If it were possible to work out which end of the car was moving the most, either by observation or on-board data, you could change one end only. 

Go to next page for the Neil Roberts article......

More on Shock Tuning:

The shocks must be in sync with your springs.  If you increase your spring rate you probably decrease shock bump, and increase shock rebound, and vice versa.  You need shock dyno graphs to show that your shock adjusters are working as expected, and matched between shock pairs.   You will probably want a fair bit of "nose" on your graphs, irrespective of whether you have low speed adjustment or not.  This is to give you good low speed control over the chassis platform.   As a result, you may be able to run softer springs to increase tyre compliance with the road.

Your bump curve on the dyno graph will probably be digressive ie flatten out with increasing shaft velocity, so the car is not too harsh.  Your rebound curve should show increasing force pretty much in proportion to shaft velocity, and only digress at higher shaft velocities.  You will want as much rebound as you can, short of jacking the car down excessively, lifting wheels clear of the road, or where too much rebound affects power down.

Hopefully, your car will work over a reasonable range of shock settings.  Only then could you consider using shock adjustments for balance, as per (b).

Adjustments as per (c), "genius at work".  There must be something in it, if shock technicians spend so much time poring over data and shock dynoing, looking for an edge.

There is a huge caveat on all of this as it relates to shock tuning for balance - you must work on the shocks with sufficiently greater movement for it to work.
Also the driver must be consistent with the way he balances the car as he drives, otherwise the movements of the car may be different.  The worst situation would be if the other side of the car was moving more than you thought.  Then your knowledge of wedge tells you, you could get the exact opposite effect from what you are looking for.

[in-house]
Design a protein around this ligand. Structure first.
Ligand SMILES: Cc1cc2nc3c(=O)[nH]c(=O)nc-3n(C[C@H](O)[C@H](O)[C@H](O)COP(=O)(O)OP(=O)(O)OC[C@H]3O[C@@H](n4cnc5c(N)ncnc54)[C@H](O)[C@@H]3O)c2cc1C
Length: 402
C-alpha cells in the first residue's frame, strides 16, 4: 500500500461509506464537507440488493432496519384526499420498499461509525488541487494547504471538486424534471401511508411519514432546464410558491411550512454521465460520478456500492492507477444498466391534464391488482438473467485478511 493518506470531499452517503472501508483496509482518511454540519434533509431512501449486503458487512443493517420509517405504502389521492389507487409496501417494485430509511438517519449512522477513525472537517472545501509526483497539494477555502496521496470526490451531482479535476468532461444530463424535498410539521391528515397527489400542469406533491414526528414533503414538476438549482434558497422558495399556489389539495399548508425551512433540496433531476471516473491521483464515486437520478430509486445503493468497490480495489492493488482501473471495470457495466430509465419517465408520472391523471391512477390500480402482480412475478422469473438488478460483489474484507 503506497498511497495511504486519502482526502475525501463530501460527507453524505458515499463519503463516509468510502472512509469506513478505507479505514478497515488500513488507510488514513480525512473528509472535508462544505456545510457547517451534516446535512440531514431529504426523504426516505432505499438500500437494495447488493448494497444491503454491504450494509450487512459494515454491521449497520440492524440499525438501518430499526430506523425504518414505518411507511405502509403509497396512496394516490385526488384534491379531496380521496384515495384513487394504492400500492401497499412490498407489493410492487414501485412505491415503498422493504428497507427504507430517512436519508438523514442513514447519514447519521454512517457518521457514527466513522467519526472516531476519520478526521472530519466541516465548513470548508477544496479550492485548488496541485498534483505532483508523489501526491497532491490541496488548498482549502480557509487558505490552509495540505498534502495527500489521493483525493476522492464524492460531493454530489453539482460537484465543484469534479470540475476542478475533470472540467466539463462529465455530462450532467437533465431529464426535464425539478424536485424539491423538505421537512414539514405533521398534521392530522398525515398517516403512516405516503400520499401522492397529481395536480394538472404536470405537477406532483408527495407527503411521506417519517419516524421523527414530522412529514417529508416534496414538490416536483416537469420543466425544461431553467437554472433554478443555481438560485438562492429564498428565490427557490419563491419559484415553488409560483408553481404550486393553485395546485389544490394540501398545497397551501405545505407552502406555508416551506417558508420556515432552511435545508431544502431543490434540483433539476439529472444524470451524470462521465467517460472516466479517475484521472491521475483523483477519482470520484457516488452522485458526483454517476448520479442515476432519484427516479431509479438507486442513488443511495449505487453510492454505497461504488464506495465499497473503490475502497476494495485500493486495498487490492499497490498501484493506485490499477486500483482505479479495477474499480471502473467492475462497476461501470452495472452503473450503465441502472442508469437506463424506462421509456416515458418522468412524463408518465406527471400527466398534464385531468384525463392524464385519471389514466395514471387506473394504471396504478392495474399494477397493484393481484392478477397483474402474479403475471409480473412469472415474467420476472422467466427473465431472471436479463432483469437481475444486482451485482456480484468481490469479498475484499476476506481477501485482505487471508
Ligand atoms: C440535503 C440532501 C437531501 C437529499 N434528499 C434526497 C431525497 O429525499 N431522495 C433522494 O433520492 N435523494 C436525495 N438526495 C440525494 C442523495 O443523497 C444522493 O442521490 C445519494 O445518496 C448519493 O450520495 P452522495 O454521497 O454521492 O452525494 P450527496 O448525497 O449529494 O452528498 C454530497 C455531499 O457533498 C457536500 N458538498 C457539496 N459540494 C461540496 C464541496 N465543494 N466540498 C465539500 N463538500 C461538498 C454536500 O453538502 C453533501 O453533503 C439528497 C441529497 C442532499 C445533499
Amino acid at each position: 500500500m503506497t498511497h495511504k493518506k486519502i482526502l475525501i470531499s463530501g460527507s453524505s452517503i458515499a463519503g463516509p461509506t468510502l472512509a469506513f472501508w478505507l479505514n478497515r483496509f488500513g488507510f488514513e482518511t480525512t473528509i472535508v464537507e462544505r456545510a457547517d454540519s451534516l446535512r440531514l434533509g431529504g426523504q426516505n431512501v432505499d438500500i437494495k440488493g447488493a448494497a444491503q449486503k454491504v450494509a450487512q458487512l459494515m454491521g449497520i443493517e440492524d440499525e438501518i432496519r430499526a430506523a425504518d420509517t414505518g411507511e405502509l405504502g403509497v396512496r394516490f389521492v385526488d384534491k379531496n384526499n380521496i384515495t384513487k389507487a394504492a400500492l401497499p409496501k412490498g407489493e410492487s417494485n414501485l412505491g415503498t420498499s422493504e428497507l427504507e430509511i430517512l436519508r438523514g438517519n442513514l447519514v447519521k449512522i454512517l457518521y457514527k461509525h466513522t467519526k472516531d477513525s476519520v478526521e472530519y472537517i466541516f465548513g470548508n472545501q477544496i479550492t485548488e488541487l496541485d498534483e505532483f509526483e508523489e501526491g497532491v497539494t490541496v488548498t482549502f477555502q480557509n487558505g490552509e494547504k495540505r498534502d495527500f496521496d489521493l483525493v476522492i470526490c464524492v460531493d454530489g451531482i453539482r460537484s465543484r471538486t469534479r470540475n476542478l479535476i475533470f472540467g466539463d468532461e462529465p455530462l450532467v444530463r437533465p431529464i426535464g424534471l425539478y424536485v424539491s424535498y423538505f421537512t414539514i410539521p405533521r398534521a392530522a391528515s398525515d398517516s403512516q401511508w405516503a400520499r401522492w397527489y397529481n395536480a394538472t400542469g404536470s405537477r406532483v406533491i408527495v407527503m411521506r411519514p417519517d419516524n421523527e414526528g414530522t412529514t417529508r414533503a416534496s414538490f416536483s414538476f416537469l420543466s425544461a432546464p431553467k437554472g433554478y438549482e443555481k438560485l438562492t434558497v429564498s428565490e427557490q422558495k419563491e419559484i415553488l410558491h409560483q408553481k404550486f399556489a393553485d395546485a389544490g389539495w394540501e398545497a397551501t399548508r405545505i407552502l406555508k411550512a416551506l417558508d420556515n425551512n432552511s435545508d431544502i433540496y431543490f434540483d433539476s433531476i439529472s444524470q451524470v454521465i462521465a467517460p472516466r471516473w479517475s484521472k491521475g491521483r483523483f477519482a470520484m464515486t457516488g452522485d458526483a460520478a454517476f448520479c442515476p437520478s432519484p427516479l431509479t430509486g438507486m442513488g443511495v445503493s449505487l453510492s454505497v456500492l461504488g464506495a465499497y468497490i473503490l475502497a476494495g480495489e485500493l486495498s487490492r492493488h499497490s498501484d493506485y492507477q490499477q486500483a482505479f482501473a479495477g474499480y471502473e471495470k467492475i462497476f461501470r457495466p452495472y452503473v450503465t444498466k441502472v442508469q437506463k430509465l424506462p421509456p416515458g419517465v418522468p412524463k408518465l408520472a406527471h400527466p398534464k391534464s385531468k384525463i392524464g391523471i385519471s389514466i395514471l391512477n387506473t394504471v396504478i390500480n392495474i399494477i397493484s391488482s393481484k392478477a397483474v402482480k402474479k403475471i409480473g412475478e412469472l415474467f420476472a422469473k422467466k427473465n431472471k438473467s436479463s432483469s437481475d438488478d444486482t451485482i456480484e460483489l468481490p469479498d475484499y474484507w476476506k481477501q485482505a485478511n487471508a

Speedway teams are at less risk of getting it wrong.   They only need to change one side at either front and/or rear.

Consider the following table from the Carrerra Shocks website:-

Volume 2   Issue 1

Fall 1999

Page 4 of 4

Tech Tips

If you only run at one track, you’ve probably got your set-up down pat. However, if you travel to different tracks getting your car handling well, quickly, is a must if you want to win. 
Here are a few tips to help you get close.


from the


• Short Tracks:  Softer all the way around.
• Flat or Tight Turn Tracks:  Softer rears.
• High Bank Tracks:  One step stiffer on RF & RR.
• Push Going In:  Softer compression on RF or 
stiffer rebound on LR.
• Loose Coming Out:  Softer RR or stiffer rebound on LF.
• Loose Going In:  Softer rebound on LR or stiffer RF.
The first three are suggestions are for wedge or de-wedge in roll, which would could only be considered in context with the overall set up.

Look at the "going in" examples. They are assuming no trail braking. Roll only, no pitch.  So there suggestions should work OK.

The interesting one is "loose coming out".  At first sight it might look the complete opposite of what we've been talking about.  Look again.  Their suggested weight movement is going on the opposite diagonal to a Phase 4 corner exit.  They must be sliding the car a lot, with opposite lock under accleration.   Would seem to be a good change for a big power dirt car.  Interesting, eh.   But they should explain what movement of the car they've got in mind, like Neil Roberts does.

The beauty of it is that because we only have to change one side at front and/or rear for the left turns, the worst we can get is probably no effect.  For road racing, where we have to change both sides, we could be way wrong, and make our problem worse.

    Click here for Neil Roberts Article

Smithees Race Car Technologies